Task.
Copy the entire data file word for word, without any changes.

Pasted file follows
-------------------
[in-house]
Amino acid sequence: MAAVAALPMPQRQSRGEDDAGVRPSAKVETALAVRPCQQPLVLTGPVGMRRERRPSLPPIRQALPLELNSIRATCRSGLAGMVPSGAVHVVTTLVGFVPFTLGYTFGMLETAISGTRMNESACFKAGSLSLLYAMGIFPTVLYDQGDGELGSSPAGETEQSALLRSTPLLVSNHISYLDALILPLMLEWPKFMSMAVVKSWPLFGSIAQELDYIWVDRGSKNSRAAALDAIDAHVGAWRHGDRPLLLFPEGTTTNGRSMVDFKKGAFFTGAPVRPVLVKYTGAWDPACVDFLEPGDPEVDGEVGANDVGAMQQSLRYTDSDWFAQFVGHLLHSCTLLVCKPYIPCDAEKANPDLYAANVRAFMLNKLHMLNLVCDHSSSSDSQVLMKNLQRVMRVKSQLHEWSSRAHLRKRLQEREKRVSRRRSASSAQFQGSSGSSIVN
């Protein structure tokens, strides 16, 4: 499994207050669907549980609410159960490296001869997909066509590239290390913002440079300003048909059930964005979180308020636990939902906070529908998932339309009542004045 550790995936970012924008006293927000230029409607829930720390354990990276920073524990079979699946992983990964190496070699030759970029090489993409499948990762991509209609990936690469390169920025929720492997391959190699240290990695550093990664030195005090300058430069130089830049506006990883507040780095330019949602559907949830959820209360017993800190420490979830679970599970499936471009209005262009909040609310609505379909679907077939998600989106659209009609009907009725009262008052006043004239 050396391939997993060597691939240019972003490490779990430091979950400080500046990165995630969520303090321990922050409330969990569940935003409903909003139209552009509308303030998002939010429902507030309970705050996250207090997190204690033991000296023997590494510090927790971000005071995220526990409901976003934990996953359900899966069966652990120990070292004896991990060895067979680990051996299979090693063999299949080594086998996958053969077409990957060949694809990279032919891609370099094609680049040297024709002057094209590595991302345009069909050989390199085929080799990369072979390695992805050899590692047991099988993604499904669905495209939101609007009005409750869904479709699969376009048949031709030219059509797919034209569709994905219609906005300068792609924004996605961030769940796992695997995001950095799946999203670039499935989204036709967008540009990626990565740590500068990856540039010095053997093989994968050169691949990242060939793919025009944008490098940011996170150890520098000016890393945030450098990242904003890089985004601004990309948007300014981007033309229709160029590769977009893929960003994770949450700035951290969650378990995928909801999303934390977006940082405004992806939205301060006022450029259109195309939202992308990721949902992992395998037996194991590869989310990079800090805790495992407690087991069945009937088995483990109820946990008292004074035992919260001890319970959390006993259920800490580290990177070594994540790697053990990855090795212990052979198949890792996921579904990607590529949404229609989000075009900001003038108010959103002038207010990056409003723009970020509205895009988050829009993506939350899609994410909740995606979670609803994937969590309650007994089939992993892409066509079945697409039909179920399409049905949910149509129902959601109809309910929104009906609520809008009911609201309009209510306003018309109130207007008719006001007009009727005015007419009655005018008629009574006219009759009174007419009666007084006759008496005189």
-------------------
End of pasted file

[in-house]
Amino acid sequence: MAAVAALPMPQRQSRGEDDAGVRPSAKVETALAVRPCQQPLVLTGPVGMRRERRPSLPPIRQALPLELNSIRATCRSGLAGMVPSGAVHVVTTLVGFVPFTLGYTFGMLETAISGTRMNESACFKAGSLSLLYAMGIFPTVLYDQGDGELGSSPAGETEQSALLRSTPLLVSNHISYLDALILPLMLEWPKFMSMAVVKSWPLFGSIAQELDYIWVDRGSKNSRAAALDAIDAHVGAWRHGDRPLLLFPEGTTTNGRSMVDFKKGAFFTGAPVRPVLVKYTGAWDPACVDFLEPGDPEVDGEVGANDVGAMQQSLRYTDSDWFAQFVGHLLHSCTLLVCKPYIPCDAEKANPDLYAANVRAFMLNKLHMLNLVCDHSSSSDSQVLMKNLQRVMRVKSQLHEWSSRAHLRKRLQEREKRVSRRRSASSAQFQGSSGSSIVN
């Protein structure tokens, strides 16, 4: 499994207050669907549980609410159960490296001869997909066509590239290390913002440079300003048909059930964005979180308020636990939902906070529908998932339309009542004045 550790995936970012924008006293927000230029409607829930720390354990990276920073524990079979699946992983990964190496070699030759970029090489993409499948990762991509209609990936690469390169920025929720492997391959190699240290990695550093990664030195005090300058430069130089830049506006990883507040780095330019949602559907949830959820209360017993800190420490979830679970599970499936471009209005262009909040609310609505379909679907077939998600989106659209009609009907009725009262008052006043004239 050396391939997993060597691939240019972003490490779990430091979950400080500046990165995630969520303090321990922050409330969990569940935003409903909003139209552009509308303030998002939010429902507030309970705050996250207090997190204690033991000296023997590494510090927790971000005071995220526990409901976003934990996953359900899966069966652990120990070292004896991990060895067979680990051996299979090693063999299949080594086998996958053969077409990957060949694809990279032919891609370099094609680049040297024709002057094209590595991302345009069909050989390199085929080799990369072979390695992805050899590692047991099988993604499904669905495209939101609007009005409750869904479709699969376009048949031709030219059509797919034209569709994905219609906005300068792609924004996605961030769940796992695997995001950095799946999203670039499935989204036709967008540009990626990565740590500068990856540039010095053997093989994968050169691949990242060939793919025009944008490098940011996170150890520098000016890393945030450098990242904003890089985004601004990309948007300014981007033309229709160029590769977009893929960003994770949450700035951290969650378990995928909801999303934390977006940082405004992806939205301060006022450029259109195309939202992308990721949902992992395998037996194991590869989310990079800090805790495992407690087991069945009937088995483990109820946990008292004074035992919260001890319970959390006993259920800490580290990177070594994540790697053990990855090795212990052979198949890792996921579904990607590529949404229609989000075009900001003038108010959103002038207010990056409003723009970020509205895009988050829009993506939350899609994410909740995606979670609803994937969590309650007994089939992993892409066509079945697409039909179920399409049905949910149509129902959601109809309910929104009906609520809008009911609201309009209510306003018309109130207007008719006001007009009727005015007419009655005018008629009574006219009759009174007419009666007084006759008496005189």